The Best Non-Toxic Mineral Sunscreen Brands

The brands I list here meet the following criteria:

  • Free from chemical sunscreen ingredients (they use zinc oxide or titanium dioxide as the only active ingredients).
  • Free from the ingredients in my Ingredient Watchlist (these are based on health and toxicity, if you have allergies be sure to read ingredient labels accordingly).
  • Non-whitening and decent performance (this is fairly subjective, but I’ve only included products recommended by many).

Top Picks for Kids

Green Beaver 

Pump Spray: My kids have been using the pump spray since they were little. They love how quickly it goes on so they don’t have to sit still while I spend precious minutes trying to rub it in like some thick creams require. It’s on the greasy side so I don’t love it for me, personally. I have friends with kids with darker skin and they like it too.

Note: I don’t recommend aerosolized sprays because the fine mist can be inhaled, which poses health risks not associated with skin exposure. The pump spray comes out as a liquid stream rather than tiny droplets.

Baby Lotion: This goes on really nicely! It’s less greasy than the pump, but does take a bit more to rub in (like all lotions). It doesn’t leave a chalky residue and spreads well. A lot of people like the regular lotion as well. I haven’t tried it recently since the baby lotion went on nicer than the last time I tried the regular.

Top Pick for Adults


Lotion: This is truly the first mineral sunscreen to win my heart. It goes on well, doesn’t leave a heavy white residue, and keeps even my sensitive (super sunburn-prone) skin protected. It’s my summer-time go-to.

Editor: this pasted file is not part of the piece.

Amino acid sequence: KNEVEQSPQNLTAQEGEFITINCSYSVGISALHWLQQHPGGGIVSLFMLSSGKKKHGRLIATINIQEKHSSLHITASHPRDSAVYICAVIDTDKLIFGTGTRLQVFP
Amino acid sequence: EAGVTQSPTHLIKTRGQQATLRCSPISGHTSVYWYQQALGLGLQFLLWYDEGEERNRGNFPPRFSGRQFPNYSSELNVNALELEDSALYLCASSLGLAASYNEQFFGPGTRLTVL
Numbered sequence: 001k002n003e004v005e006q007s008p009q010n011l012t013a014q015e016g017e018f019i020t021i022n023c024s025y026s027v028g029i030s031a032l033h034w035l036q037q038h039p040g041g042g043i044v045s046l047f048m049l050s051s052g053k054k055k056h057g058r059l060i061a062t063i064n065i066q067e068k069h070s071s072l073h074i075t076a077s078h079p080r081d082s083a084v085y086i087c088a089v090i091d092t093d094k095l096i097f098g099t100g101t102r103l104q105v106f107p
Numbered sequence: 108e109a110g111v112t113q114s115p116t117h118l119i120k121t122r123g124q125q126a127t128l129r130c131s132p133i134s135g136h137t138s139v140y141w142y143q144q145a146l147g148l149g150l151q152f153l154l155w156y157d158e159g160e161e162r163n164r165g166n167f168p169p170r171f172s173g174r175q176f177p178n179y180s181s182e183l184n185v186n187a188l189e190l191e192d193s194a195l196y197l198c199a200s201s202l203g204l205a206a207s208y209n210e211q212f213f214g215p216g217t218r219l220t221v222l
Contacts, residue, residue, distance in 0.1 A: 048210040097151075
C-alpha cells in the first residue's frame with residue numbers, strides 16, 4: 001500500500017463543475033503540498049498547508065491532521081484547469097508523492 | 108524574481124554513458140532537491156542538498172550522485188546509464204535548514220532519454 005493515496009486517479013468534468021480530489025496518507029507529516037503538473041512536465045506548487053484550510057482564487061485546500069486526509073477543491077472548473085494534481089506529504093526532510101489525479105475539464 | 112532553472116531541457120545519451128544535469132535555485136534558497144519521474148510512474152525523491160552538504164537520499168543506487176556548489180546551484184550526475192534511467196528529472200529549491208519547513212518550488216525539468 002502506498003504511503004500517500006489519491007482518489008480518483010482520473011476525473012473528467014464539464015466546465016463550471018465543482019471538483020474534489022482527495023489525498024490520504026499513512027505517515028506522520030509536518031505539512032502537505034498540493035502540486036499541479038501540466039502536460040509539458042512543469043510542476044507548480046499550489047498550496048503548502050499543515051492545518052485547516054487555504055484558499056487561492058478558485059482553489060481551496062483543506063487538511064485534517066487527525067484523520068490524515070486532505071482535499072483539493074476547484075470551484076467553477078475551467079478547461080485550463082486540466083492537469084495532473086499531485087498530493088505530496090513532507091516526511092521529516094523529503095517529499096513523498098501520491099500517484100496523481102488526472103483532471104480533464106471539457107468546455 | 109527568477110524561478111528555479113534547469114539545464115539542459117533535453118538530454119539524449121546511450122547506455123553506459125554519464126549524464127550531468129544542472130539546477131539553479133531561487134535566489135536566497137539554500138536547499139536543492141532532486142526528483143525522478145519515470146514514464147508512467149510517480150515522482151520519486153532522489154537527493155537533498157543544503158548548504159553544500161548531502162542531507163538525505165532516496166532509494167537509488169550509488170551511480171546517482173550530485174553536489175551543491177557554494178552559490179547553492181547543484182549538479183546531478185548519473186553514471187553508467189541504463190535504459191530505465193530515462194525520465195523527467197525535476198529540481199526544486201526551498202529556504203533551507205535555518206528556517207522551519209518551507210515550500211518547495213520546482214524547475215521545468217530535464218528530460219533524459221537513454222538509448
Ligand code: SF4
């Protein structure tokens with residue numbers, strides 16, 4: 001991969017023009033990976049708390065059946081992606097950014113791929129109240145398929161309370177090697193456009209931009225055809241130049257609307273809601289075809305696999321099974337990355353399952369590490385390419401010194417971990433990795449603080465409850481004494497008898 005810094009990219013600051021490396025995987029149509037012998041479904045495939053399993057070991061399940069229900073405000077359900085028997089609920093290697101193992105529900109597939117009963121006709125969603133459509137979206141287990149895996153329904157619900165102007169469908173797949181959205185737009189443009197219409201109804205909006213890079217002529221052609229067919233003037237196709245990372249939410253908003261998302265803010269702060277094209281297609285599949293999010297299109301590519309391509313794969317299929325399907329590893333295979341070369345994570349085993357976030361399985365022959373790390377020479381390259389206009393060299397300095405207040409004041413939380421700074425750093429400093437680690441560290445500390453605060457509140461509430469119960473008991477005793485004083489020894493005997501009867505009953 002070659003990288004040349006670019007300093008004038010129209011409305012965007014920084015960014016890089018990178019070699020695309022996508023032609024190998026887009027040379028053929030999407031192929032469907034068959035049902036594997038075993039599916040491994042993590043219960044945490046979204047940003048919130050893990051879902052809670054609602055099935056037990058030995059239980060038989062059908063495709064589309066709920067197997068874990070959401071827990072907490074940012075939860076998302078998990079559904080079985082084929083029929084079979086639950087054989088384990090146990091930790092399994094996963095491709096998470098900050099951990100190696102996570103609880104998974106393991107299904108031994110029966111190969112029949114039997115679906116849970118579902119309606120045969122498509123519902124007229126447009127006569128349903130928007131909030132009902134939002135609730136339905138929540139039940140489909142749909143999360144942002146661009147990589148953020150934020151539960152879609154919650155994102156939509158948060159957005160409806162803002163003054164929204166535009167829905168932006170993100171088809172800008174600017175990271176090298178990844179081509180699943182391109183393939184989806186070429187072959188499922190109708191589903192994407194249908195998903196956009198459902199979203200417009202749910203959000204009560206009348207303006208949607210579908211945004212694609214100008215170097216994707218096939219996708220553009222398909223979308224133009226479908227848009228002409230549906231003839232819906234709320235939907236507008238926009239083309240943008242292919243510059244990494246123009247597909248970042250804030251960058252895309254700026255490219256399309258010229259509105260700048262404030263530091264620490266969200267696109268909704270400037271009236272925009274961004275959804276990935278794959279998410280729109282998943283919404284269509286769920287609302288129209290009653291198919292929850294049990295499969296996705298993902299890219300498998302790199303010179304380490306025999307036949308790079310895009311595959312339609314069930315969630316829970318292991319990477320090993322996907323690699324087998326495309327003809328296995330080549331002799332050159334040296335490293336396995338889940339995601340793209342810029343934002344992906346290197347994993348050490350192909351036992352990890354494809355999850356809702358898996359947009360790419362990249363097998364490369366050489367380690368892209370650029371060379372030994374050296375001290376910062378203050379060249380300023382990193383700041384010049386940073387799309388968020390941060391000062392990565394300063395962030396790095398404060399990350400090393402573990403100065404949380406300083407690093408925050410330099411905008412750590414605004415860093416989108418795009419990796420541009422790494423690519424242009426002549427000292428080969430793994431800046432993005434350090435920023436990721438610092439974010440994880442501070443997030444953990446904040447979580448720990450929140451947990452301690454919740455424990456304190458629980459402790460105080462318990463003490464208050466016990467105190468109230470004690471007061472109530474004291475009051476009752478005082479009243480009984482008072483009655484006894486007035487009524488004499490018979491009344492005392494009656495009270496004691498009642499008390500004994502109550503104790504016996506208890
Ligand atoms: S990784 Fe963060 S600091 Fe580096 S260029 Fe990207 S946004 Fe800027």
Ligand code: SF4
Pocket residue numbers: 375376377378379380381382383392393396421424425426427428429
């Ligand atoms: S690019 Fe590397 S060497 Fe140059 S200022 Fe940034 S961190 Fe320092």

Stick: I used this stick for my face during ski season, and now I pack it in my bag for quick touch-ups when we’re out and about. It goes on nicely – the kids love it too.

Tinted Spray: I know I said I don’t recommend fine-mist sprays, but this deserves a mention because it comes in two tinted shades for darker skin. I’ve used the non-tinted version, and it feels good once applied. I recommend always spraying it into your hand first, and avoid inhaling the mist.

Runners Up

These aren’t my personal favourites, but get recommended often so are worth a mention.


Badger is a great all-around brand. When I first tried their sunscreen, it was very thick and hard to rub in – it’s the first sunscreen I used on my babies. But I tried a small amount more recently and it seems to have improved. 


Everyday Face: This tinted face sunscreen spreads well, and provides a light tint to offset any whitening found in typical mineral sunscreens. It contains cetyl dimethicone, which if you have acne prone skin might contribute to breakouts. 

Lotion: I used to use this myself – it was the first natural sunscreen I could handle and it finally allowed me to break-up with Coppertone. But eventually, I found it too thick and it left my black bathing suits stained. I’m including it here because so many people love the ThinkSport and ThinkBaby lotions, and it offers a texture and performance comparable to conventional products so can make for a good “gateway”.


This brand gets recommended a fair bit. I have to admit, I was underwhelmed when I tried it – it was hard to rub in and stayed pretty white. But it’s got a number of raving fans and the ingredients are decent.


I hope this list helps you pare down your search for the best non-toxic mineral sunscreen for your family. If you’re switching for the first time, maybe pick up a couple from this list to try. Everyone has slightly different expectations and criteria so it doesn’t hurt to have options!

And if you’re still not sure, you can join over 3,000 other health-conscious parents and parents to be over in my free Facebook Group the Green Product Forum to ask questions and support others! Request to join here.


This post contains affiliate links, which help support my research and free resources at no cost to you. These recommendations are my own and this post is not sponsored.